Of course, there was only one boy she had ever felt anything remotely like that for. After Harry had saved her life in the Chamber of Secrets, Ginny had discovered that her girlish crush on the Boy Who Lived had crumbled and vanished. It was replaced by much deeper and stronger feelings and the eleven-year-old Ginny Weasley was shocked to find she was deeply in love with Harry Potter. However, the more she thought about it, the more she realised what a good thing this potentially could be.

Even at the tender age of fourteen, it was fairly clear what sort of person Harry was going to be. While most people were impressed by his bravery and daring, Ginny appreciated his caring nature and his refusal to set himself above others. He had the potential to make the perfect husband who would automatically treat his partner with consideration and respect: just what she wanted. It was also clear Harry was going to grow up to be an immensely powerful wizard, possibly as powerful as Voldemort or Dumbledore. With his power and dedication and her knowledge and ambition, there was nothing the two of them could not achieve together!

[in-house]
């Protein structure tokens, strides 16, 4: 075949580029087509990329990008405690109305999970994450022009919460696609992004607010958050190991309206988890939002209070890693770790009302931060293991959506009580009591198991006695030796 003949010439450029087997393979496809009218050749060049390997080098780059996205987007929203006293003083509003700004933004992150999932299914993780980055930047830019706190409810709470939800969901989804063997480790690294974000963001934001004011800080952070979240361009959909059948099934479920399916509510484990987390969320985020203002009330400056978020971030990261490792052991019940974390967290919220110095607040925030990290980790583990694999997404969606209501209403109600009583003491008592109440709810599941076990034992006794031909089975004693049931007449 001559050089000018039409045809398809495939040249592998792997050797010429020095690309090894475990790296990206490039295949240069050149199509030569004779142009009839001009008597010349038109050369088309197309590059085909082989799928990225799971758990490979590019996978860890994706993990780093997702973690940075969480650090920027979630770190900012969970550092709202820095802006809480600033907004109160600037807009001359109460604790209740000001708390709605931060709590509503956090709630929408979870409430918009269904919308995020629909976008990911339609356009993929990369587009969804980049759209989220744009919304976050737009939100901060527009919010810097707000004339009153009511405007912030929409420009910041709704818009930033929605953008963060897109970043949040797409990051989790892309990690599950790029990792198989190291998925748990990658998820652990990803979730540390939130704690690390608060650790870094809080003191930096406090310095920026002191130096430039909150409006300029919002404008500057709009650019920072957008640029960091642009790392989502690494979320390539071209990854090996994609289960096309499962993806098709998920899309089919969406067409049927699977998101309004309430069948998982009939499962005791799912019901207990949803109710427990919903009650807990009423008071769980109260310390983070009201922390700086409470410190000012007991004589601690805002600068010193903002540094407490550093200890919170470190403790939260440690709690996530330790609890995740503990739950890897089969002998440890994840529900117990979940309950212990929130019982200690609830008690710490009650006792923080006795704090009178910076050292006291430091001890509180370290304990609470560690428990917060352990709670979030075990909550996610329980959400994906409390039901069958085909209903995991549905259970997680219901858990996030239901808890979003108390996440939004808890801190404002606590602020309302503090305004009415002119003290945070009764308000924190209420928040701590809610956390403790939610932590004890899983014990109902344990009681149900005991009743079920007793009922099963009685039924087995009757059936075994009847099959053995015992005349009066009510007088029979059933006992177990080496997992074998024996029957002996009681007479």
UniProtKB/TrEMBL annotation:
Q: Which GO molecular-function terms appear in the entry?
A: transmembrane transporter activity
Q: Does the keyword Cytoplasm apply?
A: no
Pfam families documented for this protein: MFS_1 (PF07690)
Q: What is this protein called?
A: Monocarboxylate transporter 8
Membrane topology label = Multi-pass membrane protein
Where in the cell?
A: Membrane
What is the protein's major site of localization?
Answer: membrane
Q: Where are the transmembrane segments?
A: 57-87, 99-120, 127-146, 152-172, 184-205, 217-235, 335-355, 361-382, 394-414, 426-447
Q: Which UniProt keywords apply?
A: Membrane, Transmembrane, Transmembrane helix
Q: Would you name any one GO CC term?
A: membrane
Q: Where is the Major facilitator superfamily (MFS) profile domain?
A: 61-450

Ginny decided at that point that Harry would be hers, but she would have to be cunning to achieve her goal. At first, she had been concerned that Harry appeared to show no interest in her at all, but after careful observation she realised that Harry was oblivious to all girls, certainly as anything other than friends. Ginny would simply have to be patient and bide her time until he matured a bit. It would be no use just throwing herself at him, either; he would run a mile if she did that. No, Harry appreciated loyalty and support above everything. Ginny had knowledge that would be vital to Harry later in life; the boy had a destiny to fulfil and a Dark Lord to conquer, after all, and she knew more about Voldemort than any person alive. When the time was right she would start offering hints and suggestions, slowly making herself invaluable to him. Only once she had established herself as an indispensable friend and ally would she would start a campaign of seduction.